You need to give consistent and appropriate definitions for a class hierarchy associated with the various
components of the scenario to be modelled.
2.1 The Octathlon season, locations, and the weather
The number of meets in the season is specified as one of the command line parameters. Each meet
correspond to two days of activity in a distinct location, four events on each day. The same four events
will always occur on the same days. The gap between each meet is a random 5 to 7 days.
Each location should have a special feature that impacts on the running of at least one of the events.
This could be, for example, a location has the 100–metre track sloped upwards.
You can have a fixed collection of locations, with fixed special features, or random locations and/or
randomly added special features. You need to make sure the feature included for each active location is
different though.
You need to have a weather system which, although it may be quite simple, should have some impact
on events. You should report on the weather at the start of each competition day and give some sort of
sensible impact report.
2.2 Events
Four events are standard track and field events. The 100 metres and the 1500 metres are standard track
events, while the discus throw and the high jump are standard field events.
You need to choose four other events that will be part of your Octathlon. These do not have to be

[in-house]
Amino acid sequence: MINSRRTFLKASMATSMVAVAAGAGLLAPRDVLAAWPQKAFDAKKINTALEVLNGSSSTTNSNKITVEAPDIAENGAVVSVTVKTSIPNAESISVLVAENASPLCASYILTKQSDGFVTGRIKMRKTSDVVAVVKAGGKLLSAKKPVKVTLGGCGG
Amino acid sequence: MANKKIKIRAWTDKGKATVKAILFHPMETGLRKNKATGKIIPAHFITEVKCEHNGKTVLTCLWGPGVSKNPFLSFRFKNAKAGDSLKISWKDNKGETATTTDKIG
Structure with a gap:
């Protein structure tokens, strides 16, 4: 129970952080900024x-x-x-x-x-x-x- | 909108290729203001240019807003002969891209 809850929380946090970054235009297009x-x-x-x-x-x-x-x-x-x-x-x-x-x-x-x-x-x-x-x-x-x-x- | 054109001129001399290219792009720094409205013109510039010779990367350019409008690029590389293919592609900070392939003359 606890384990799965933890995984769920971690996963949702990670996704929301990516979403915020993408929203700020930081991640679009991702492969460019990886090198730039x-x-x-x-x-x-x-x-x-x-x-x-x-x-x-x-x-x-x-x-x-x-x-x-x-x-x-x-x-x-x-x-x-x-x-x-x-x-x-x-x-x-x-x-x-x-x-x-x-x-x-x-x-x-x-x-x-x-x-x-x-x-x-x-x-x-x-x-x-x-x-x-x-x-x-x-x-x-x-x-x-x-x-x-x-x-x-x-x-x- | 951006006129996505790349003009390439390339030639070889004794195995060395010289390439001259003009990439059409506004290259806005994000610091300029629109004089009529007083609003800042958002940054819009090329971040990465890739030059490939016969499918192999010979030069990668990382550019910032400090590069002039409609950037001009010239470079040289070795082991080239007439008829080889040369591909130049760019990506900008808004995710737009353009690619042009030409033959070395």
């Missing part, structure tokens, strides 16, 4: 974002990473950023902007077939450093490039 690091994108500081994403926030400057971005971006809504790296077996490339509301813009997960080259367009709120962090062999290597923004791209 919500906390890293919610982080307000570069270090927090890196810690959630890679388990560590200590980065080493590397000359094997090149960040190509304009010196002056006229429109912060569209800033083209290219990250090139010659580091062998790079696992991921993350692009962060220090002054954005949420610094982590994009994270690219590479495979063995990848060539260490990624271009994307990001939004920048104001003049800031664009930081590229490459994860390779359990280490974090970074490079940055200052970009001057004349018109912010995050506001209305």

standard track and field events, but can be. Two must be identified as track events (T1 and T2), and two
must be identified as field events (F1 and F2).
The difference between track and field events are reflected in the way the scoring for each differs. Note
that all events must be individual and judging cannot be subjective. The performance in ...
... track events is measured in time taken, with the aim to be take as little time as possible.
... in field events is measured in a spatial distance, with the aim to get as high a distance as possible.
The order of the events should be as follows:
? Day One :
1. 100 metre running race.
2.3 The teams
Each team has two athletes, one of them male and one of them female. Each team also has a team manager,
and a support crew consisting of : one sports psychologist, one physiotherapist, and two trainers. One of
the trainers specialises in field events, the other in track events.
You need to implement functionality consistent with the roles of the support crew, as described below.
This means, for example, that there should be a small chance of an injury during each event. The nature
of the competition means that even severly injured athletes must continue, you just wouldn’t expect them
to do well.
The role of a ...
? ... trainer is to improve the performance of the athletes in the relevant area (track or field). They
would aim to improve both the best possible result of the athlete and the consistency of the athlete.
? ... physiotherapist is to assist the physical recovery and readiness of the athletes.
? ... sports psychologist is to help the athletes manage the pressures of competition, success/failure,
and injuries.
Changes to the overall abilities of the athletes should be relatively small across the season. You wouldn’t
expect an athlete to go from at best being able to run the 100 metres in 11 seconds at the start of the
season to being able to run it in 10 seconds at the end of the season.
The team manager is just a name, they have no impact.
2.4 Awards and points
There are two independent competitions running, one for males and one for females.
At any meet, the competitors who get first, second, and third in each of those competitions receive,
respectively, a gold, silver, or bronze medal. Should two competitors have equal scores at the end of a
meet, they will both receive the same award and, when it is gold or silver, no award of the immediately
lower type will be awarded. This means, for example, that you could have two golds and one bronze